On the surface it would be easy to dismiss Nick Hornby’s book Fever Pitch as the irrelevant rantings of a middle class Arsenal fan whose meanderings have no bearing on what it means to follow Manchester United. Once you look past the fact his heroes are the likes of Charlie George and Tony Adams, rather than George Best and Bryan Robson there’s a lot from Hornby’s novel that resonates with any football fan – including us Reds.
One particular passage that stands out is Hornby’s take on the career of Gus Caesar a former Gunner’s defender many of you won’t have heard of and for good reason. Caesar was an academy graduate from Arsenal’s youth team who rose through the ranks to make the first team and seem destined for greatness, before it all came crashing down, with an errant swing of a leg in the League Cup final of 1987.
Hornby notes that despite ending his career at Hong Kong Rangers, his 12th club that included such heights as a solitary appearance for Dagenham and Redbridge and an unsuccessful trial at Partick Thistle, Caesar was an extremely talented footballer, who lost his way. Unlike Chris Smalling who was an extremely talented defender and remains one to this day.
It may seem somewhat daft in the current climate of criticism aimed at the former Fulham man to claim he’s anything other than an aberration in United’s defence. There’s a case however, that Smalling suffers not from a lack of ability or form, but the need for many fans to pile the ills of the team onto one players’ back and ridicule him as much as humanly possible – then ridicule him a little bit more for good measure.
Without getting too deep, it’s the way of the world at the minute, polarisation is the key, you’re either far left or far-right, pro-remain, or a racist, unsure of Anthony Martial, or Martial FC, there’s no place for middle ground in debates anymore. Your views need to be extreme and completely explainable in 240 characters, otherwise don’t bother because we can’t possibly spare the time on reasoned, articulated thoughts on any subject. You stupid bastard.
Just as Hornby notes of Caesar, Smalling’s career trajectory is something of a Roy of the Rovers tale that would make a pretty good movie of the week, one that featured some bloke from Hollyoaks and a lesser known member of S Club 7.
When you look at Smalling’s rise, it’s hard not to be impressed, here’s a player who unlike many of his peers, doesn’t take the easier route to the Premier League of being part of a top tier club’s academy but instead begins his career at the somewhat less glamorous setting of Isthman League outfit Maidstone United. After less than a dozen appearances for a club in the fifth tier of English football, Smalling’s performances are that impressive he’s signed by Premier League club Fulham, instantly bypassing four divisions of English football.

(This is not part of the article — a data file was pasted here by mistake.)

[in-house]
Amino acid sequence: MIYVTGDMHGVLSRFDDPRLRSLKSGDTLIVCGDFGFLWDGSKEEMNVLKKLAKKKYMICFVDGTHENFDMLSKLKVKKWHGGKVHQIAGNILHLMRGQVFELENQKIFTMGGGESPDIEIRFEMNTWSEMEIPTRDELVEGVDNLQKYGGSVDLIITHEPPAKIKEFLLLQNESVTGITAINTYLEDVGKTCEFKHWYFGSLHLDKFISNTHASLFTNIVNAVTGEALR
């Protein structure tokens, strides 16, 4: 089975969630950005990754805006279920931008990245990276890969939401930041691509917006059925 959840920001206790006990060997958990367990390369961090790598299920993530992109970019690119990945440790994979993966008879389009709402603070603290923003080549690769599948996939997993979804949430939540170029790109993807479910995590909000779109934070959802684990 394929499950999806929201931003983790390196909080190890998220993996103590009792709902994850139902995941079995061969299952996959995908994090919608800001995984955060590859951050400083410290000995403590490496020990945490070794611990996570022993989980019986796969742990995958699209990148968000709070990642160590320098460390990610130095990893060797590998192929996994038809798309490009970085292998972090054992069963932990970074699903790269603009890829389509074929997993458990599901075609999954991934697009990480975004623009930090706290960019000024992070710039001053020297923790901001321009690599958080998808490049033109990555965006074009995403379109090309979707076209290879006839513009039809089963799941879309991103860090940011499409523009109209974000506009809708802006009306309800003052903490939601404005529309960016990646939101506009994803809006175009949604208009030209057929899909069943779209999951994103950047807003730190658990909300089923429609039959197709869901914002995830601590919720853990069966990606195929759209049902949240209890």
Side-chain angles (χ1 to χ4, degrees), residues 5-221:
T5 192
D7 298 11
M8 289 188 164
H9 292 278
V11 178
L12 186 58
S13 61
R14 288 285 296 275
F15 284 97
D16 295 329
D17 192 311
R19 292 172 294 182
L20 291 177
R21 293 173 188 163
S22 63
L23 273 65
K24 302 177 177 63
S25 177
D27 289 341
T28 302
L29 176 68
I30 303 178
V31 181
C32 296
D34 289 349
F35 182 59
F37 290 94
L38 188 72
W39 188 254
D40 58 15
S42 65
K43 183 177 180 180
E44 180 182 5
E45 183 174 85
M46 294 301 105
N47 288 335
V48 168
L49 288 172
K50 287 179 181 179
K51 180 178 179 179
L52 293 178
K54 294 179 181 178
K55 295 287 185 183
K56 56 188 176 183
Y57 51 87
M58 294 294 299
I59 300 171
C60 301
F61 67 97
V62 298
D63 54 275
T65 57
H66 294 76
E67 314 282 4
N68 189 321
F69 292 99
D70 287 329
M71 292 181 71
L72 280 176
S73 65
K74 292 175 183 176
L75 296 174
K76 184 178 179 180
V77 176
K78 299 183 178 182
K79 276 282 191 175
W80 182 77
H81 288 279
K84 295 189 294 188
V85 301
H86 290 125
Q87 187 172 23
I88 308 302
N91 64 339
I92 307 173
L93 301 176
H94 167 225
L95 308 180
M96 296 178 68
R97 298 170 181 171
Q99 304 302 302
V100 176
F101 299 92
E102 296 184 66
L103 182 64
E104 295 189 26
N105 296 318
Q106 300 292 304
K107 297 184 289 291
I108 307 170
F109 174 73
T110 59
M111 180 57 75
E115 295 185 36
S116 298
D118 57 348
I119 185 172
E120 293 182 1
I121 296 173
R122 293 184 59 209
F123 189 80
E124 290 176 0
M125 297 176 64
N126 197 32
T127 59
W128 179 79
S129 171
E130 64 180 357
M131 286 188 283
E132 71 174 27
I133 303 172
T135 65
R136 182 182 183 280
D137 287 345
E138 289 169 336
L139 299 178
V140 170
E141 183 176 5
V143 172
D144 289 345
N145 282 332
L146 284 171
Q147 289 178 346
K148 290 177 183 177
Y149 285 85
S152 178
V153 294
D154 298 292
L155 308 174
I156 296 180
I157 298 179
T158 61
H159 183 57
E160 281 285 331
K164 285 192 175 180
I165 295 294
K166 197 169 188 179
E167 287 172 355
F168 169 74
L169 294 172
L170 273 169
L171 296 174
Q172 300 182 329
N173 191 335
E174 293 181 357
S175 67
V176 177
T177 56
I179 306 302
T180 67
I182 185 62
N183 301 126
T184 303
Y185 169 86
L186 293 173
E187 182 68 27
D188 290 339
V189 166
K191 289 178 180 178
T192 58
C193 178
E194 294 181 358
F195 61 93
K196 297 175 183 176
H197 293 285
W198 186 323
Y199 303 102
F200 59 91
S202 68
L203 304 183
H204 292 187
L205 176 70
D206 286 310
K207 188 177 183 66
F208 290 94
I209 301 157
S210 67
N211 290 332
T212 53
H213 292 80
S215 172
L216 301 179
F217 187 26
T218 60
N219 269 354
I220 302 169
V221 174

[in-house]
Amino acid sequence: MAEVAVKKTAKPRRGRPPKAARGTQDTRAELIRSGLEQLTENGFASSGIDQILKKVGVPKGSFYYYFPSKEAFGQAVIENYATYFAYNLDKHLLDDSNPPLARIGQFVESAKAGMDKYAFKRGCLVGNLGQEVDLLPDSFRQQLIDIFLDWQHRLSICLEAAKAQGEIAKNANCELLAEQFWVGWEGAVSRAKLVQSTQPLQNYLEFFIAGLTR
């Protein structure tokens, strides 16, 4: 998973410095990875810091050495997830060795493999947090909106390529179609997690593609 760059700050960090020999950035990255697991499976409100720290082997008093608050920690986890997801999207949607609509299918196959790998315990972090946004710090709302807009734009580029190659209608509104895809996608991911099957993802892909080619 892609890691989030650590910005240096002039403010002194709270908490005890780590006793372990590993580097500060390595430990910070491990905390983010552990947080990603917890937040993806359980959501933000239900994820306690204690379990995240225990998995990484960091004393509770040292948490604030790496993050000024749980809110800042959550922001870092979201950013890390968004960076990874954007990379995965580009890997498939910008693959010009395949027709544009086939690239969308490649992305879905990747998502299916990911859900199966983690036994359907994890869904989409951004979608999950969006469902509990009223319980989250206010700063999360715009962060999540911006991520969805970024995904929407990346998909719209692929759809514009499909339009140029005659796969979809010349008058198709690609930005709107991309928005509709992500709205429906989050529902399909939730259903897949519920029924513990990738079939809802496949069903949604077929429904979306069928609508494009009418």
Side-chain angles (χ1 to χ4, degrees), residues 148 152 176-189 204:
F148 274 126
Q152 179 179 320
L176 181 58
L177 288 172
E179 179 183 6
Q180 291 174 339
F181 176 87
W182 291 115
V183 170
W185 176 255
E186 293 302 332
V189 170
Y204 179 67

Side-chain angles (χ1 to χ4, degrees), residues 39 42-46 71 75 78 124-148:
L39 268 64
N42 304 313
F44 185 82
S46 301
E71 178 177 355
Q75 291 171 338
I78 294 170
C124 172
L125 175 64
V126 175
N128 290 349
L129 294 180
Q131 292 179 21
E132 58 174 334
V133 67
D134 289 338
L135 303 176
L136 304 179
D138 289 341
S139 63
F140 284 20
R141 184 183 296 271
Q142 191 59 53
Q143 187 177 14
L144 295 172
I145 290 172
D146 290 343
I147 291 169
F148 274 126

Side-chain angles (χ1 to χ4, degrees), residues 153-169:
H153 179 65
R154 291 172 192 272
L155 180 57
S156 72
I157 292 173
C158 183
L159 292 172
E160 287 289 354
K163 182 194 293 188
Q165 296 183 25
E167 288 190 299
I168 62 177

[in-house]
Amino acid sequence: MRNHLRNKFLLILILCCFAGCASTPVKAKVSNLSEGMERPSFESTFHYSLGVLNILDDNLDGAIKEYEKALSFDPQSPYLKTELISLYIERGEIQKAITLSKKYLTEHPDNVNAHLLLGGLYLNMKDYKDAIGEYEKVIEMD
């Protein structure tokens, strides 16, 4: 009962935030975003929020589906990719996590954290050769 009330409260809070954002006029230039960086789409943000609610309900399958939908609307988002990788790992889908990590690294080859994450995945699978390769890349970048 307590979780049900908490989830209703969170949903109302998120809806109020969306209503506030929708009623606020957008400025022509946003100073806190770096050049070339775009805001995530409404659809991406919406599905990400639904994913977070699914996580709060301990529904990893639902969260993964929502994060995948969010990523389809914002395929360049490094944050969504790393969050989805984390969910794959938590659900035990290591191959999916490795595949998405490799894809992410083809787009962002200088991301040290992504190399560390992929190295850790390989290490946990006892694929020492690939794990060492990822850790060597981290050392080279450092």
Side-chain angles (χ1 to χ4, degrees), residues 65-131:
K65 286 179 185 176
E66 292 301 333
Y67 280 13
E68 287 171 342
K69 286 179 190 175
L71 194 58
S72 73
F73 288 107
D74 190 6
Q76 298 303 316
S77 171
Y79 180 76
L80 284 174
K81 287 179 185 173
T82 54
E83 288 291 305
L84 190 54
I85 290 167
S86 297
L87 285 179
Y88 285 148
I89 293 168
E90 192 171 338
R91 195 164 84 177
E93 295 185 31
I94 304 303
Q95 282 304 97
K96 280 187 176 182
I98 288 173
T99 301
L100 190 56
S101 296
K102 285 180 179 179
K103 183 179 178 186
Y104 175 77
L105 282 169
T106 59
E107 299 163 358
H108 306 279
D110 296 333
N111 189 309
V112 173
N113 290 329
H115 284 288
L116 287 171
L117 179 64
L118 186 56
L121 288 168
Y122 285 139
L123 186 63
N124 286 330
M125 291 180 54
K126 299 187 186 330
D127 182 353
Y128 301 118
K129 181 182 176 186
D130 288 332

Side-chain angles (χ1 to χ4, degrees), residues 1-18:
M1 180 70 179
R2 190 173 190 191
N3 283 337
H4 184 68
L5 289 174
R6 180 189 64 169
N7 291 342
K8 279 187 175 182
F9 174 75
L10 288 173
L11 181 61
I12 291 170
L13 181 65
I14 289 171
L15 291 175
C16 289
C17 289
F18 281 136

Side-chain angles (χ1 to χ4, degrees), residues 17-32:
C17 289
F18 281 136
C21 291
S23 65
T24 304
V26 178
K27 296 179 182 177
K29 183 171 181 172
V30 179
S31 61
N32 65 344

If his rise so far is meteoric, what happens next can only be described as reaching the absolute pinnacle as with just 13 Premier League appearances under his belt, he’s signed by the biggest club on the planet; Manchester United. Now Smalling isn’t signed by a desperate David Moyes, frantically looking for any young defender he can add to his squad, nor is he part of the spending spree Louis van Gaal would eventually embark on as United manager. No, Smalling is signed by the greatest manager in the history of club football and he’s signed to replace one of two players who could each justifiably claim to be the best centre back the Premier League has ever seen.
In his first season Smalling wins the Premier League, winning it again in his third season and gradually becoming more than just an understudy to Rio Ferdinand and Nemanja Vidic, picking up over 30 England caps along the way.
So why despite winning almost every trophy available and amassing almost 200 Premier League appearances for the Reds, is Smalling still being not just questioned but lambasted by so many fans on a regular basis? Let’s not forget last season United had the second best defence in the Premier League, with Smalling playing a huge part in that – not to mention scoring a credible four goals along the way.
For many United fans though the issue isn’t that Smalling isn’t good enough, it’s that he’s not consistent enough, with his mistakes being blamed for costing United dearly far too often, with David De Gea preventing Smalling from being a complete disaster.
Gareth Southgate, unofficially the nicest man in football even questioned Smalling’s ability when dropping him from the England squad, causing the defender to note:
“But you don’t play for one of the biggest clubs in the world for as long as I have and won every trophy bar the Champions League without being able to do everything a top defender needs to do – be it playing or defending. This year, as a team, we’ve got the best defensive record [in the Premier League] and I’m very proud to be part of that. While I’m playing regularly under Jose and he’s happy, then I’m happy with that.”
“I don’t really feel like I need to prove anything to Gareth. Like I said, I play for one of the most successful managers in Jose and he’s only going to pick the best players. “
Smalling has a point and even this season, despite United’s defensive troubles, he’s remained one of the only centre backs that Jose can truly rely on, even helping Victor Lindelof enjoy something of a rejuvenation alongside him.
There’s little doubt that 300 senior games in Smalling should be commanding his defence more and being a bigger influence on those around him, but while it may be popular to lambast the former Fulham man, unlike the criticism of Gus Caesar, it’s far from fair for a player United would be far worse off without.